Courage Under Fire

Courage Under Fire

Testing Epictetus's Doctrines in a Laboratory of Human Behavior

Author: James Bond Stockdale
ISBN: 978-0-8179-3692-1
Publication Date: 12/1/1993
Pages: 32

"On September 9, 1965, I flew at 500 knots right into a flak trap, at tree-top level, in a little A-4 airplane—the cockpit walls not even three feet apart—which I couldn't steer after it was on fire, its control system shot out. After ejection I had about thirty seconds to make my last statement in freedom before I landed in the main street of a little village right ahead. And so help me, I whispered to myself: 'five years down there, at least. I'm leaving the world of technology and entering the world of Epictetus' "What Epictetus [told] his students was that there can be no such thing as being the 'victim' of another. You can only be a 'victim' of yourself. It's all how you discipline your mind."

Vice Admiral James Stockdale, a senior research fellow at the Hoover Institution, served in the navy from 1947 to 1979, beginning as a test pilot and instructor at Patuxent River, Maryland, and spending two years as a graduate student at Stanford University. He became a fighter pilot and was shot down on his second combat tour over North Vietnam, becoming a prisoner of war for eight years, four in solitary confinement. The highest-ranking naval officer held during the Vietnam War, he was tortured fifteen times and put in leg irons for two years. His books include Thoughts of a Philosophical Fighter Pilot (1995, Hoover Institution Press) and In Love and War (second revised and updated edition, 1990, U.S. Naval Institute Press), coauthored with his wife, Sybil. In early 1987, a dramatic presentation of In Love and War was viewed by more than 45 million viewers on NBC television.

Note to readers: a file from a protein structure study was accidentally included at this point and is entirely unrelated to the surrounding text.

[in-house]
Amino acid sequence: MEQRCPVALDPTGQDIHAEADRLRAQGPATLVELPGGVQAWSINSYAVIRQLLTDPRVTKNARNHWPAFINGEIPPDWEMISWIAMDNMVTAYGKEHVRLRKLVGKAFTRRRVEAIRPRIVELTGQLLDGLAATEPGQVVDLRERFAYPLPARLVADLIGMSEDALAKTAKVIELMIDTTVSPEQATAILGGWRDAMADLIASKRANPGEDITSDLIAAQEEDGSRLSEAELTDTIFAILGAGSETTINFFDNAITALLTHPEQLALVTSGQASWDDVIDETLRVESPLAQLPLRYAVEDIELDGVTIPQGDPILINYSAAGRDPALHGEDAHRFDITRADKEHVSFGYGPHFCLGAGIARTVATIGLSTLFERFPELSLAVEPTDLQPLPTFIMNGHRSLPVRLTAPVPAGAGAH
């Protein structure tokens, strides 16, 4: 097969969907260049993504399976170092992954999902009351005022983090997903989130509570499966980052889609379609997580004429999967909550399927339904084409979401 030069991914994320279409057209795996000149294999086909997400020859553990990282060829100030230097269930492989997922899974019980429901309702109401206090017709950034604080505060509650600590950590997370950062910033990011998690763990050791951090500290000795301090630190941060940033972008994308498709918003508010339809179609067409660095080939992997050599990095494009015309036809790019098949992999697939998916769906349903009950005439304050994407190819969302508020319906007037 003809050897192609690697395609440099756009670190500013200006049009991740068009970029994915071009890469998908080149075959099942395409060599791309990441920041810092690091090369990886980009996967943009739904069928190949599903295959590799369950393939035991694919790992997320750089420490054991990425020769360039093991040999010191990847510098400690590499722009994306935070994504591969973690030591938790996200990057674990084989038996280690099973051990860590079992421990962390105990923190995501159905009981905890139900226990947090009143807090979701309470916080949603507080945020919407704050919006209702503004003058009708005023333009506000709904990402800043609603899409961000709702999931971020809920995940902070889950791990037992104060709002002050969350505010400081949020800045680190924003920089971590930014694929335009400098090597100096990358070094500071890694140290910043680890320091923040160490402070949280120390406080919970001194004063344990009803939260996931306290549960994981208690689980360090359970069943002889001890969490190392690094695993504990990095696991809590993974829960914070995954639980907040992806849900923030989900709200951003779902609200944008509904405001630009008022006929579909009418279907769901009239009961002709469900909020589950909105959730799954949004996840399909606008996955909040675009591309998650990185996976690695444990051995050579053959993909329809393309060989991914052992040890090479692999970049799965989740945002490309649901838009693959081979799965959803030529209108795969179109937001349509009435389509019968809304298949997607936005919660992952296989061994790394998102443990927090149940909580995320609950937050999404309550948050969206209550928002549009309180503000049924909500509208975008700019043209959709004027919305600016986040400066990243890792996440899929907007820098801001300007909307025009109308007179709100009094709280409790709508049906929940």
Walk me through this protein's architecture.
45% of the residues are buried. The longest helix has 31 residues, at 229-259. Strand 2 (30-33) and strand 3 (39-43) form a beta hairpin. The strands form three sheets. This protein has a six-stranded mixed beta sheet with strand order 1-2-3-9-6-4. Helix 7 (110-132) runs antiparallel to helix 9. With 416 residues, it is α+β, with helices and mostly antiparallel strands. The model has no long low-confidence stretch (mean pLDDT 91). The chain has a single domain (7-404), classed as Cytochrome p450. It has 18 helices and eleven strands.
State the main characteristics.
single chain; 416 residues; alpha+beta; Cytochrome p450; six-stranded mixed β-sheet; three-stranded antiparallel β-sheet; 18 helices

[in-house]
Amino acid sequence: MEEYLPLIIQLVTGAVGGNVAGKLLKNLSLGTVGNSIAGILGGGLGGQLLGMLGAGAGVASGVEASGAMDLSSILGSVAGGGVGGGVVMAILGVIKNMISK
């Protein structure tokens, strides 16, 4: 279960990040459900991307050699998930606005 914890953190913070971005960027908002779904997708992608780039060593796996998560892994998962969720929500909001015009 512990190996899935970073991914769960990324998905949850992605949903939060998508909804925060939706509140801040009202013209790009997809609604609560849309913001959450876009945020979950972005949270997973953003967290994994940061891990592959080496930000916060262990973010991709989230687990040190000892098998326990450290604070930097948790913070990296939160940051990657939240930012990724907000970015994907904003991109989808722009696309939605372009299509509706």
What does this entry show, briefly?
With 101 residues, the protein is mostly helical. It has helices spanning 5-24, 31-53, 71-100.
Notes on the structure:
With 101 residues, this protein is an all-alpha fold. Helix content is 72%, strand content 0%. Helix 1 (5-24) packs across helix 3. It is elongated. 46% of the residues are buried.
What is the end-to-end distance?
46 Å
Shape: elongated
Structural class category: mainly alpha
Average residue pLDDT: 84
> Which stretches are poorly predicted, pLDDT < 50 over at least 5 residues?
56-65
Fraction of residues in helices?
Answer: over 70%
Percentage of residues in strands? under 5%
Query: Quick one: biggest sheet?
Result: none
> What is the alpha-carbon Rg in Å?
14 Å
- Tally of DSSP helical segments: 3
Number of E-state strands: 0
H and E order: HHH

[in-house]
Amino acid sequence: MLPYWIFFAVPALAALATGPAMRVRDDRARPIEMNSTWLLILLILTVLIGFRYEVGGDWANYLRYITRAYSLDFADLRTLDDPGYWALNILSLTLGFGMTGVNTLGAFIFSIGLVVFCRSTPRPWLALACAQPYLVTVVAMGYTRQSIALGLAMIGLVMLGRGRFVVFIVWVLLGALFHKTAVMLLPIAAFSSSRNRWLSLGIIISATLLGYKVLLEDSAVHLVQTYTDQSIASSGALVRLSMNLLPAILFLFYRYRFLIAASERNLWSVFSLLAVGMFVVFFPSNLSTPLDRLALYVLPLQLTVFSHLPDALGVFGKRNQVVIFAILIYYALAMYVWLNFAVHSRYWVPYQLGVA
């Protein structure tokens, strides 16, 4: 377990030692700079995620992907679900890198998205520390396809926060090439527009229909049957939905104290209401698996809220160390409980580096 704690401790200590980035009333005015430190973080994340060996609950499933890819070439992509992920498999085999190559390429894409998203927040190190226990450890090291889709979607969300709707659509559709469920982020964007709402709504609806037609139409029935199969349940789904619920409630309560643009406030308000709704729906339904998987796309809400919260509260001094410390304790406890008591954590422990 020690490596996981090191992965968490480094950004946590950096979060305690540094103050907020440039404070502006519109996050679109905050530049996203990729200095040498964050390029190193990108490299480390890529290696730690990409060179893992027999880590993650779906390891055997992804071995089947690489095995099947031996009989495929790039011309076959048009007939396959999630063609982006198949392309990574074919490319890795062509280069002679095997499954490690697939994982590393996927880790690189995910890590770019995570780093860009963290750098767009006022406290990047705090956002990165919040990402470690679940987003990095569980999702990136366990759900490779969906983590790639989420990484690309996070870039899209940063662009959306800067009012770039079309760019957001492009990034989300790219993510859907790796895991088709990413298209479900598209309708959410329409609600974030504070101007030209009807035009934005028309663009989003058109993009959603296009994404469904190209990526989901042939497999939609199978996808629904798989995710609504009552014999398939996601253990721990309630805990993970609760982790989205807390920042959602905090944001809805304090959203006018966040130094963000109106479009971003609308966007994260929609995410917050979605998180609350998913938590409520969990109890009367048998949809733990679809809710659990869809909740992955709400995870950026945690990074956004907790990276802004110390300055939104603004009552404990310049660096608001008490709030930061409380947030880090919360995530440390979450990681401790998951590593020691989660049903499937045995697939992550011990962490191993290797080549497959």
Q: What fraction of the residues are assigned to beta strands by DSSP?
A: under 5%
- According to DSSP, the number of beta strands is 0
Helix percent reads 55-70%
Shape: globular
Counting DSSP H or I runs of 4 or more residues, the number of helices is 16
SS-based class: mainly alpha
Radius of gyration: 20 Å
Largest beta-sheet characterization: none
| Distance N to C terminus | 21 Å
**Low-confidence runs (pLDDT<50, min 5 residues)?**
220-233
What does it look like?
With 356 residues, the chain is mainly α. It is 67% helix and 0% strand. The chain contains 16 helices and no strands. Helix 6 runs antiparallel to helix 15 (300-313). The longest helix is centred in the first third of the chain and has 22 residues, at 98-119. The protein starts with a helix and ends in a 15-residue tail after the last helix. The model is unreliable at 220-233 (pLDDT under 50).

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Courage Under Fire: Testing Epictetus's Doctrines in a Laboratory of Human Behavior by James Bond Stockdale
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James Bond Stockdale

Vice Admiral James Bond Stockdale, a senior research fellow at the Hoover Institution, served in the navy from 1947 to 1979, beginning as a test pilot and instructor at Patuxent River, Maryland, and spending two years as a graduate student at Stanford University. He became a fighter pilot and was shot down on his second combat tour over North Vietnam, becoming a prisoner of war for eight years, four in solitary confinement. The highest-ranking naval officer held during the Vietnam War, he was tortured fifteen times and put in leg irons for two years.

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